When you break something valuable or important to you, don’t just put it to one side with the idea of mending it some day. Instead, remind yourself that there’s a glue for that and find out how to fix it.
Perhaps you have accidentally knocked your favourite ornament off the shelf, the handle came off your favourite mug or china tea cup, a wooden photo frame is coming apart at the edges, or a lampshade is starting to come apart at the seams.
Many household items such as these can be fixed with a pot of glue. The secret is knowing which type of glue to use for different materials.
There’s a glue for that!
Mugs, tea cups and other bits of broken crockery can be mended using instant adhesive, which is clear-drying and works in seconds. The glue will dry quickly, so make sure the pieces are lined up correctly. This type of glue will also stick down the rubber edges or soles to your trainers. Make sure you don’t glue your fingers together. If you do, it can easily be removed with cooking oil or some nail varnish removers.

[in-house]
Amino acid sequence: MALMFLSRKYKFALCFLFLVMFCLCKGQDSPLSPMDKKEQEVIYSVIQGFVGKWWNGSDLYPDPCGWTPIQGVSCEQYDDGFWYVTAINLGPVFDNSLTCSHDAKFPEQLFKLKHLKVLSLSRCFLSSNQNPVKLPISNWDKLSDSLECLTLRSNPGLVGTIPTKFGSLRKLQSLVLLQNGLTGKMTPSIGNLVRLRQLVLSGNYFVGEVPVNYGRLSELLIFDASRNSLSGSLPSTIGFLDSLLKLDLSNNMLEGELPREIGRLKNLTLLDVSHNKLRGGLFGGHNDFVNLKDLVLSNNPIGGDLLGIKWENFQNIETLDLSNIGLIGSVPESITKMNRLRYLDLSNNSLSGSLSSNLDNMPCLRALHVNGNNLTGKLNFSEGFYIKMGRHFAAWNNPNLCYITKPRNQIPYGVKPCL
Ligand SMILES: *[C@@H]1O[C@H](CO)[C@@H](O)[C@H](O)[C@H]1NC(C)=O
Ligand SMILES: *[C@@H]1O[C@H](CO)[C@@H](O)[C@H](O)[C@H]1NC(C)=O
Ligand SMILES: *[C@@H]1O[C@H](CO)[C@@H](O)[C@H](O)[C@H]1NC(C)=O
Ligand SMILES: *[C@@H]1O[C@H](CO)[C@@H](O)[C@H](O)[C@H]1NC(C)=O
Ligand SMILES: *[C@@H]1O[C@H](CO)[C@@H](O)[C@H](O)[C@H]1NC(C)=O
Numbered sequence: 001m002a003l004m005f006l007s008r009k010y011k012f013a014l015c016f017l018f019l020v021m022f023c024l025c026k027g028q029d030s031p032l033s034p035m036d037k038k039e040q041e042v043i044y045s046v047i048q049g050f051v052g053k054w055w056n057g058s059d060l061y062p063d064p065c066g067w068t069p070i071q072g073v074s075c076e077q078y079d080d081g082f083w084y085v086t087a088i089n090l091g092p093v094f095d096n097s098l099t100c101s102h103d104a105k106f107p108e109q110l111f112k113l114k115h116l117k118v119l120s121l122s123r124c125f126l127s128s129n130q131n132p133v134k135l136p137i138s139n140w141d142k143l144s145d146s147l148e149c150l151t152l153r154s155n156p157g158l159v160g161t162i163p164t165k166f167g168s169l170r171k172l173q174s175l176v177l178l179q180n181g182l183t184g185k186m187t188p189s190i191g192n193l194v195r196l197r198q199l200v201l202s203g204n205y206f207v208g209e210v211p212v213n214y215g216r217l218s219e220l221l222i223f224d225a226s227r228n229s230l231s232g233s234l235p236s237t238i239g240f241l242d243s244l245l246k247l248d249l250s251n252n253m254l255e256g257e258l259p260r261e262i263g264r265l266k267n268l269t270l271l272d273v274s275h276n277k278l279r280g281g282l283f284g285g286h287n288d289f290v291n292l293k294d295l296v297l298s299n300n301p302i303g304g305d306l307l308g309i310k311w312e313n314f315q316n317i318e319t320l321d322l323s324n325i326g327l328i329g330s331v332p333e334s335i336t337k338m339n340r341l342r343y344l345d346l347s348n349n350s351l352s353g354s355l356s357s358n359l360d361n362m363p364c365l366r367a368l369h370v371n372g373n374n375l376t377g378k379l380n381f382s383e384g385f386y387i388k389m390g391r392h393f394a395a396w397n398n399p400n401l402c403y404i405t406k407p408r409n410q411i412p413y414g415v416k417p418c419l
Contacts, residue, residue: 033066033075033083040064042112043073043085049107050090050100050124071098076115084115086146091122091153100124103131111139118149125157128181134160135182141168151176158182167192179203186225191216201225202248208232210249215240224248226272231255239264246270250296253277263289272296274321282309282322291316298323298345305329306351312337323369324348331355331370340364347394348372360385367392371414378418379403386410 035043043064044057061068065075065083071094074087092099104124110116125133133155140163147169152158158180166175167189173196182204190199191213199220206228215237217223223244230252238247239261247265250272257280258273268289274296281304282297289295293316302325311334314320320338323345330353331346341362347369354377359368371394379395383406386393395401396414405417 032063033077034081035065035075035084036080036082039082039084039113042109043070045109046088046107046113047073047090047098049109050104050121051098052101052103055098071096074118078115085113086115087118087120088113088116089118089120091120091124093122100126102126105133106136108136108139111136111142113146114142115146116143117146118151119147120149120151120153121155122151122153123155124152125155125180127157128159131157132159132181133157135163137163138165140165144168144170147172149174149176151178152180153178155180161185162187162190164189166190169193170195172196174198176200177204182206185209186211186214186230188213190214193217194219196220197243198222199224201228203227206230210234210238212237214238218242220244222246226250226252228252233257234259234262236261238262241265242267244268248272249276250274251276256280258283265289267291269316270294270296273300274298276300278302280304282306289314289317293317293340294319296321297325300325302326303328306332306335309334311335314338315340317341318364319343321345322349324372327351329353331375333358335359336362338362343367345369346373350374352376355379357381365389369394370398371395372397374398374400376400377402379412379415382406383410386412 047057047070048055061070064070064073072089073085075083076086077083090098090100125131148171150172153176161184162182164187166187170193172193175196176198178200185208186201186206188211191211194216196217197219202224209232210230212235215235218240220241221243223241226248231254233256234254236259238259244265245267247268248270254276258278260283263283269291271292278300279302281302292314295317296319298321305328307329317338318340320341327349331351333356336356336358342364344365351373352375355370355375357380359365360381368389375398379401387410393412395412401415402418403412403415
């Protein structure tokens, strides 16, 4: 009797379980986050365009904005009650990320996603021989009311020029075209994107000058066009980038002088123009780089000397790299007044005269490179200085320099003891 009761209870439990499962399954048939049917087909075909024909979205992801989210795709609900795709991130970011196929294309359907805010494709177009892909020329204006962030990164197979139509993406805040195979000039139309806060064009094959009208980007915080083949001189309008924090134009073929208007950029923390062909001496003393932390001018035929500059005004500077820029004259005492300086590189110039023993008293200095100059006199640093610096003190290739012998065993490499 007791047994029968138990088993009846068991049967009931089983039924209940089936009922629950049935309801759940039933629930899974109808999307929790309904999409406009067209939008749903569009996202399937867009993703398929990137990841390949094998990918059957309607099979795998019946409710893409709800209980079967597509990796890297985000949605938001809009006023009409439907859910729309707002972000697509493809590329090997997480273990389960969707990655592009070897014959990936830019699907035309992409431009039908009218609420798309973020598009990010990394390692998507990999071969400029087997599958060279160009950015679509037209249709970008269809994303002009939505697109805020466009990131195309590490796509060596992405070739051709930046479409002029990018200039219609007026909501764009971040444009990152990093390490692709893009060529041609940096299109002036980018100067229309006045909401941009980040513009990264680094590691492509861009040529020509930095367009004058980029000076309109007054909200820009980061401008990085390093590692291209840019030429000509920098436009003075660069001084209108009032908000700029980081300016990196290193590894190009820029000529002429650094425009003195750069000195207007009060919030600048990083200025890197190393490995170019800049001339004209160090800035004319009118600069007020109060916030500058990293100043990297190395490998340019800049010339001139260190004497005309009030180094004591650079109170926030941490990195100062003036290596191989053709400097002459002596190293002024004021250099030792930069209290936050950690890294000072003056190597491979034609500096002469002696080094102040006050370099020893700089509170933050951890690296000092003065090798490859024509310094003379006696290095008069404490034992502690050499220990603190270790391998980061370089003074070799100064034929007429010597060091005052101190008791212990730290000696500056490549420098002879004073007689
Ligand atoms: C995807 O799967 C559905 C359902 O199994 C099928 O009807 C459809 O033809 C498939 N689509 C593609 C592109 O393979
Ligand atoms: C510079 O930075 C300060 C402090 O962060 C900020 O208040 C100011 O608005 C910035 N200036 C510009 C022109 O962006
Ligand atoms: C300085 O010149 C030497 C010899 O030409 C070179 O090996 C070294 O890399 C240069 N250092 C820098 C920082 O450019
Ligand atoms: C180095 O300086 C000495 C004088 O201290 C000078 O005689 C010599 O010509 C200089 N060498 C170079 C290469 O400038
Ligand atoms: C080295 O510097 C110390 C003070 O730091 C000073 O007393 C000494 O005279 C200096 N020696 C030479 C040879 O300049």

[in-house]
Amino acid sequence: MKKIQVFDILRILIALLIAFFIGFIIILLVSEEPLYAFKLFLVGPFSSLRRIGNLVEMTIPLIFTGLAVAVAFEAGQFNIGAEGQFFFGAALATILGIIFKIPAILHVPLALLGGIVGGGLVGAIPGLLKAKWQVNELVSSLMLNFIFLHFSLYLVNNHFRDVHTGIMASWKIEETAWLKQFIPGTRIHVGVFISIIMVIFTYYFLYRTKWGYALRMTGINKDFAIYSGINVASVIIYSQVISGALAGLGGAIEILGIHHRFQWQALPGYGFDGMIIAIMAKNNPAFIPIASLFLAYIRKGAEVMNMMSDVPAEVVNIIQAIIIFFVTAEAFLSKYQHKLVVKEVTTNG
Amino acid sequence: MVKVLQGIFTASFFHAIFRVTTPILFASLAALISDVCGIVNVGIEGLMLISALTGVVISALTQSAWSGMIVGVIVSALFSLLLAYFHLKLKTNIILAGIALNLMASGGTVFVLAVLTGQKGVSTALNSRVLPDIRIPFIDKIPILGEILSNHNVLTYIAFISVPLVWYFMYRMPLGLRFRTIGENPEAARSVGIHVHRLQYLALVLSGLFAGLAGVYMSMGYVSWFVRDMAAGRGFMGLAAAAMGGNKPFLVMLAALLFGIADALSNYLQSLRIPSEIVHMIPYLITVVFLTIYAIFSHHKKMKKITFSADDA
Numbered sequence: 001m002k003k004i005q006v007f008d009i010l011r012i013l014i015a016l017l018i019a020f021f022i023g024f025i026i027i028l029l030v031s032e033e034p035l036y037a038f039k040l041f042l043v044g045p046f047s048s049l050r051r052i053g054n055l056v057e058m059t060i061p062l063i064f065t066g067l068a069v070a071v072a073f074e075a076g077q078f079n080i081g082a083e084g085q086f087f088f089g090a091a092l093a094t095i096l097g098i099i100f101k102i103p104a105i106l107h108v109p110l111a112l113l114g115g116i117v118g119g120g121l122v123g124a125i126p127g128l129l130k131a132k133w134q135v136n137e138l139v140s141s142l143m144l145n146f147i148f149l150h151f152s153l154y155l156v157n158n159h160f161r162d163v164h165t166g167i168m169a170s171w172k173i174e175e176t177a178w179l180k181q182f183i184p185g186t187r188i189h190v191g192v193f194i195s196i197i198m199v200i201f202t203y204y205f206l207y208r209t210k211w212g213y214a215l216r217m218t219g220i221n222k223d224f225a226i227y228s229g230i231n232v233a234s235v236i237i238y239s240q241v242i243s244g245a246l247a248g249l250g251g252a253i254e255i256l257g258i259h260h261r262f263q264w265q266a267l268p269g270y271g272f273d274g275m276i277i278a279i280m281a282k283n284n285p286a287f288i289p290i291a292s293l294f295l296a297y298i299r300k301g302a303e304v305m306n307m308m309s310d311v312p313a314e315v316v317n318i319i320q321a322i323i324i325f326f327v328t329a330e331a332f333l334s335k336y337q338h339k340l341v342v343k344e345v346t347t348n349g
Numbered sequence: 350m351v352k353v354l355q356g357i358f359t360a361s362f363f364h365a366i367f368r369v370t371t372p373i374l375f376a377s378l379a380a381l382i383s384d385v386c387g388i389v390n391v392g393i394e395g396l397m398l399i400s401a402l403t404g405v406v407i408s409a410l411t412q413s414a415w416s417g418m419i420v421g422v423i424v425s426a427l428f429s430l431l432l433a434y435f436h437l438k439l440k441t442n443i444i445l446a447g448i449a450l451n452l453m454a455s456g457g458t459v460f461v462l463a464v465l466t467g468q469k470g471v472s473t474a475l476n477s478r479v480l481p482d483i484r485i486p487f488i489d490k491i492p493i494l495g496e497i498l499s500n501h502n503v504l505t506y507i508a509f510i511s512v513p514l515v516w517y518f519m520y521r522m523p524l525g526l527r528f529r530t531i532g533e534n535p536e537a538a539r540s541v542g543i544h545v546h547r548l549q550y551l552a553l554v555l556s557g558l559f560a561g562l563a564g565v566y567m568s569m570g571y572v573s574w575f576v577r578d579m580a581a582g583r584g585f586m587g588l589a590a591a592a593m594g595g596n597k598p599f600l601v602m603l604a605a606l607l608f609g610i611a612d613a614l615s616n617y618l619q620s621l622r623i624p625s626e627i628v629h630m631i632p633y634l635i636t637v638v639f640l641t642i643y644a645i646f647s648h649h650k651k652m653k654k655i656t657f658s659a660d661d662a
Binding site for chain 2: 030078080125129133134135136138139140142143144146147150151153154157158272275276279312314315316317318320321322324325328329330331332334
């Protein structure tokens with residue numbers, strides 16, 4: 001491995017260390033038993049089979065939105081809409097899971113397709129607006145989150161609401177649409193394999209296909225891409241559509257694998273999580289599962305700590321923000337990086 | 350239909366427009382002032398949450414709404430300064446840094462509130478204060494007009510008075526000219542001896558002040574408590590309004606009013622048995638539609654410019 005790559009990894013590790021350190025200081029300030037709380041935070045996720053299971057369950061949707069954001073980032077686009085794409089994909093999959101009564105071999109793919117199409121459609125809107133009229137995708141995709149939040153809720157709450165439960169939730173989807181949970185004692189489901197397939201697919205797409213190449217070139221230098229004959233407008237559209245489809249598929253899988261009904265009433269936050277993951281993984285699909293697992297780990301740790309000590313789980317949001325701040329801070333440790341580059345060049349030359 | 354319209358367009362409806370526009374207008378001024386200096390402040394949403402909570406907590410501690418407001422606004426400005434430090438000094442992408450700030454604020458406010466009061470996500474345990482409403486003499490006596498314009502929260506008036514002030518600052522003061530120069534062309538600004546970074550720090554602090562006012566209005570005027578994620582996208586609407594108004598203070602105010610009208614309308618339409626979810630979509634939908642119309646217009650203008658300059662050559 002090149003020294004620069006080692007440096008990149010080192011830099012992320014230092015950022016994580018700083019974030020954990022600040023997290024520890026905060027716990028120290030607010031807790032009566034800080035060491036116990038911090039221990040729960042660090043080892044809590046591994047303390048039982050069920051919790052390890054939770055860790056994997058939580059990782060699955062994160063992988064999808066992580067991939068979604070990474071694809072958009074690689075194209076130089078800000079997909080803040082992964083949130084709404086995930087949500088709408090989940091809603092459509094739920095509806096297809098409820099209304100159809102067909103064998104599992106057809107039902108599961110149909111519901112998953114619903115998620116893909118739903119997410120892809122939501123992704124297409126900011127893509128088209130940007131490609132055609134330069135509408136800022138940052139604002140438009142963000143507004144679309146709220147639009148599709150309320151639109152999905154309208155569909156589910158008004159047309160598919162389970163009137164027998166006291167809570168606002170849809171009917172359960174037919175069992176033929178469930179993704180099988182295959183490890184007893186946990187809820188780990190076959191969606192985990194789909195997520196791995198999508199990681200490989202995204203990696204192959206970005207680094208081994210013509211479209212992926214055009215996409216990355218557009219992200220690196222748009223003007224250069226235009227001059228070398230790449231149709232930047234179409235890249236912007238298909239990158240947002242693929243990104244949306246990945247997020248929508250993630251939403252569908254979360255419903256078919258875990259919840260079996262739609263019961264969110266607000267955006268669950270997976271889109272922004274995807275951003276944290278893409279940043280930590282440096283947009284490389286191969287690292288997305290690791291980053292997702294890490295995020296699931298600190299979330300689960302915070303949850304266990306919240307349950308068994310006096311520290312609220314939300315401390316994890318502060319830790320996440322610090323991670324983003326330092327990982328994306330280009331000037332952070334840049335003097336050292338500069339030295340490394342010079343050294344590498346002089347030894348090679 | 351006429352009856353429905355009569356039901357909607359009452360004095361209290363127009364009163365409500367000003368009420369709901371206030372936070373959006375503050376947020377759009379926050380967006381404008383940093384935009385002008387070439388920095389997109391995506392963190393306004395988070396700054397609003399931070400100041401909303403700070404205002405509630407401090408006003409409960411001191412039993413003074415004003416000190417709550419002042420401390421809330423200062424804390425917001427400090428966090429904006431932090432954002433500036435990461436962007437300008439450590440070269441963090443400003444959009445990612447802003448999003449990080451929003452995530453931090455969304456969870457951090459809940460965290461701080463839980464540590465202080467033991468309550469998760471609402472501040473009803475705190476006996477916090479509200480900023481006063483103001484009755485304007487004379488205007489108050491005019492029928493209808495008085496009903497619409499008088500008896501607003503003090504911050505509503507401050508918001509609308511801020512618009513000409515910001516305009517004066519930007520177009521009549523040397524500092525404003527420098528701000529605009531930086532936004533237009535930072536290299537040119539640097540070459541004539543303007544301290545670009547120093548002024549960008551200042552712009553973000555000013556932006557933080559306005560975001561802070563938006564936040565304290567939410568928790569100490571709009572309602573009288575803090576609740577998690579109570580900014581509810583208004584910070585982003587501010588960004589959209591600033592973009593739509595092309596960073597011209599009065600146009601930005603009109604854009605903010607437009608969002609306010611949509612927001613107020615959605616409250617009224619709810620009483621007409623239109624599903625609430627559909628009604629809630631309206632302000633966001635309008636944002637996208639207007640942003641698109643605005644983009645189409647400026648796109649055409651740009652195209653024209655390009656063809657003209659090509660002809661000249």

Wooden items, such as chairs or picture frames, can be mended with wood or carpenter’s glue. It is best to clamp down the pieces while they are drying so they bond together well. If you are mending outdoor wooden furniture, make sure the glue is waterproof.
Glues suitable for metals
To stick metal to wood or wood to brick, you will need a polyurethane glue. This can take up to 24 hours to seal, so you will need to clamp, tape or weigh down the pieces you are sticking together. This glue is useful for a number of repair jobs, such as stocking house numbers or names to your wooden door or brick wall. This type of glue works well on many materials including glass, brick, wood, ceramics, metals and rubber, according to Adhesives.org.
For metals, you might want to try a metal bonding adhesive, such as those available from www.ct1ltd.com/en. These products are fast, strong and suitable for metals such as aluminium, copper, iron, brass, bronze and cast iron.
Always take care when using glues so you do not stick the wrong things, and keep them out of the reach of children.